In fact during 2006 alone almost 40,000 people perished in disasters. They included Transport Accident - 7009; Epidemic - 6248 (almost exclusively Africa); Flood - 6020 (largely Asia); Earthquake - 5890. China leads the world in industrial accidents. With at least 702 reported in 2006. Who knows how many more are actually lost.

The bottom line is that most of the "terrible events" in the United States are trivial when weighed against this toll. Even the awful shooting in Blacksburg, dreadful in any measure, is hard to compare to the loss of 2500 innocents in one Phillipine flood.

We are bombarded with so much information and events so quickly, we can not even recall some of the most simple information about our recent past. People count on this fact. They count on the fact we can not remember.

Some of this inability is a good thing. Otherwise I predict we would be paralyzed by fear and simply curl up in a corner. But the less savory of our populations (and I mean folks like politicians) count on us not recalling when promises are broken or scandals emerge.

I don't know about you, but I'm gonna start writing this stuff down.

Now, where did my pencil go?

04 June 2007

Doomed, or not…

Those nutty physicists are at it again! In a typical, overly erudite article in the New Yorker magazine, scientists at CERN have built a machine to destroy the world!

Well, maybe not. The issue at hand is probability versus possibility. Possibility is the set of events encompassing all outcomes. It may be time limited or not. For example, it may be said that all things are possible. And in the strictest sense of the definition this is true. The world ending outcomes of certain experiments at the LHC at CERN are possible. However, as you may have surmised, the probability is exponentially low. It is probability which drives most of our decision making. If I exceed the speed limit here, I will probably not be caught, although there is a possibility of being ticketed.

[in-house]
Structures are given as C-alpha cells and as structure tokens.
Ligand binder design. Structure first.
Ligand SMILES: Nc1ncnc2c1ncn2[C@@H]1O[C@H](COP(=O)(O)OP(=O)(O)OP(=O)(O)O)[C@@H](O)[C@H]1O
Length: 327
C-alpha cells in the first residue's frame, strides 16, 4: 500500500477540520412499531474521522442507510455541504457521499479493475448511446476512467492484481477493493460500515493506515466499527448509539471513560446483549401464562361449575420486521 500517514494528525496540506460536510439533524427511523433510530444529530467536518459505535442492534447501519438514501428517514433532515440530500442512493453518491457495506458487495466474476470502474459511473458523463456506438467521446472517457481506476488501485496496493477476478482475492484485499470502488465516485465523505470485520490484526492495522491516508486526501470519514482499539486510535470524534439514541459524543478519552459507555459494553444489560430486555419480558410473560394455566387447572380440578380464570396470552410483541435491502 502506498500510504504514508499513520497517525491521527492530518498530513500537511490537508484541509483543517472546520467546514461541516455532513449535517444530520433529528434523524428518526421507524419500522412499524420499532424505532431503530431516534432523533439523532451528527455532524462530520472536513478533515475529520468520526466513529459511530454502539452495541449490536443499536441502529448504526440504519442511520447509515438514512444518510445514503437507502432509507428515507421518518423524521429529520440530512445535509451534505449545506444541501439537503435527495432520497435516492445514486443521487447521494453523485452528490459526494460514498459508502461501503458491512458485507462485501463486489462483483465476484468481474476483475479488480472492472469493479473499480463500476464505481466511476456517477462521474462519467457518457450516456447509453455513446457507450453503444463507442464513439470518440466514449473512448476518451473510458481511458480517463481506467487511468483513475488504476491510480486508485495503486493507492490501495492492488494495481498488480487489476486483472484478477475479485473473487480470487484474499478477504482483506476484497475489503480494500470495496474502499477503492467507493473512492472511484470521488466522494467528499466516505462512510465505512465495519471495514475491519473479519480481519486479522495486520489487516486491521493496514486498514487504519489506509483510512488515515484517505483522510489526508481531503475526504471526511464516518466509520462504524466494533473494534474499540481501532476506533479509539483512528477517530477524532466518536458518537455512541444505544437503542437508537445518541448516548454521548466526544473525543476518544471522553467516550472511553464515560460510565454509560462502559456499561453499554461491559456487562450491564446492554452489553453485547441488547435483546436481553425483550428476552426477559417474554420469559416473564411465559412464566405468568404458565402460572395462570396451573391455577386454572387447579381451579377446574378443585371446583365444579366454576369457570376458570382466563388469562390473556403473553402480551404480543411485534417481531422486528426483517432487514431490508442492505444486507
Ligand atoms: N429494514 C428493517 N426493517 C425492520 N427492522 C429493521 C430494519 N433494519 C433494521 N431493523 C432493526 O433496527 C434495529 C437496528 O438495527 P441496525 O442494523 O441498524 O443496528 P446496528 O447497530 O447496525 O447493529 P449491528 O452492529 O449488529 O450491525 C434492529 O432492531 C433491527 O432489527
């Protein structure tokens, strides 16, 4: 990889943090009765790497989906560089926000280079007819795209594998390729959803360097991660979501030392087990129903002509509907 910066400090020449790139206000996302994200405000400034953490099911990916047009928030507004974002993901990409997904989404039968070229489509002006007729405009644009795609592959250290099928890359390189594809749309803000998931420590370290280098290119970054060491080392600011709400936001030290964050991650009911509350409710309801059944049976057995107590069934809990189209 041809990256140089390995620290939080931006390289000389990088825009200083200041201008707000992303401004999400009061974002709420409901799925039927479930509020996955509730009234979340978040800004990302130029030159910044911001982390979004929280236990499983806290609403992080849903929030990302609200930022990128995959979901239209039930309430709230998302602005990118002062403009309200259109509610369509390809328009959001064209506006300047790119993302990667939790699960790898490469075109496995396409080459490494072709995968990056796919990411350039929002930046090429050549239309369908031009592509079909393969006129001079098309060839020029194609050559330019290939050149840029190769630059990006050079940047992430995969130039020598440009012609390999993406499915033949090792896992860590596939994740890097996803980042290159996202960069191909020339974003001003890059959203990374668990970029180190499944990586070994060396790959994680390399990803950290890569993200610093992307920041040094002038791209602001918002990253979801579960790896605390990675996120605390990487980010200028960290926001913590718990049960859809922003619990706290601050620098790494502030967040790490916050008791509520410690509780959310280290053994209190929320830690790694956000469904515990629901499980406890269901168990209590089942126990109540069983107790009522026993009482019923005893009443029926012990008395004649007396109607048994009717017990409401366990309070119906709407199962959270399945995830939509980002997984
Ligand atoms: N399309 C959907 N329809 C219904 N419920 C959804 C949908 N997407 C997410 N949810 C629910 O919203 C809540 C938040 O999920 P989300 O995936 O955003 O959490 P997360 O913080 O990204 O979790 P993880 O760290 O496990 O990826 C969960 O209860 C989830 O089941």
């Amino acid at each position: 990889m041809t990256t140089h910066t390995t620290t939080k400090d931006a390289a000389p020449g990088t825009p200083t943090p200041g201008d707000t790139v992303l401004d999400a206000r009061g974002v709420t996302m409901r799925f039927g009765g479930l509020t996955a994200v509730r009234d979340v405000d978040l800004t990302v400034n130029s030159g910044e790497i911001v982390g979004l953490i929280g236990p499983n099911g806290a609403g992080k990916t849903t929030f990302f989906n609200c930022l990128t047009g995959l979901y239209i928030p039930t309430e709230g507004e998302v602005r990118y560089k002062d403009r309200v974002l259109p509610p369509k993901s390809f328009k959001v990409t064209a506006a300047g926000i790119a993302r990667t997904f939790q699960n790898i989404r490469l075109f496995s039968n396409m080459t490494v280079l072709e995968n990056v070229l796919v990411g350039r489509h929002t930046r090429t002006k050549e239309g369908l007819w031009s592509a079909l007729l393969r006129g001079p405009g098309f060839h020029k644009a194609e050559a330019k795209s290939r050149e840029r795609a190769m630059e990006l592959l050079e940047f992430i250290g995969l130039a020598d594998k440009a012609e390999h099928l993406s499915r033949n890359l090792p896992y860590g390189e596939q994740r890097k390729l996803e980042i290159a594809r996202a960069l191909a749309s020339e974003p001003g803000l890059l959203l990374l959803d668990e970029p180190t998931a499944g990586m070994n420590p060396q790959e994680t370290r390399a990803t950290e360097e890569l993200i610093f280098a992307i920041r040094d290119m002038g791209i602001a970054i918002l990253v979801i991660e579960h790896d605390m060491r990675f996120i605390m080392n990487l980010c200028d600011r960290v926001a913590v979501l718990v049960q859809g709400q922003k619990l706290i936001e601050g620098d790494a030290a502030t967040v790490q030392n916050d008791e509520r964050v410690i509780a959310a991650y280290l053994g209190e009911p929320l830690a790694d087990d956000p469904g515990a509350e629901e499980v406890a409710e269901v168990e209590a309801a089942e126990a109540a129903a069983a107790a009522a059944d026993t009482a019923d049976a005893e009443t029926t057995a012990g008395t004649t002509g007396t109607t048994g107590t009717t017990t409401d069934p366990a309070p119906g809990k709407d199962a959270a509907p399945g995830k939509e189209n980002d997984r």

Probability, I contend is the root of all evil.

The unlikely and improbable are worth exploring. I am a big fan of the unknown. I enjoy watching shows like Ghost Hunters and applaud the semi-scientific approach used by itinerant Rhode Island, plumbers Jason and Grant.

Like David Duchovny’s character on the X-files, Fox Mulder – I want to believe. But I am not a fan of self delusion. When a subject is moves from the realm of improbable to the realm of wholly unlikely, I tend to lose interest. A prior favorite topic of interest was crop circles. M. Night Shyamalan made these popular in his very entertaining science fiction / horror flick Signs.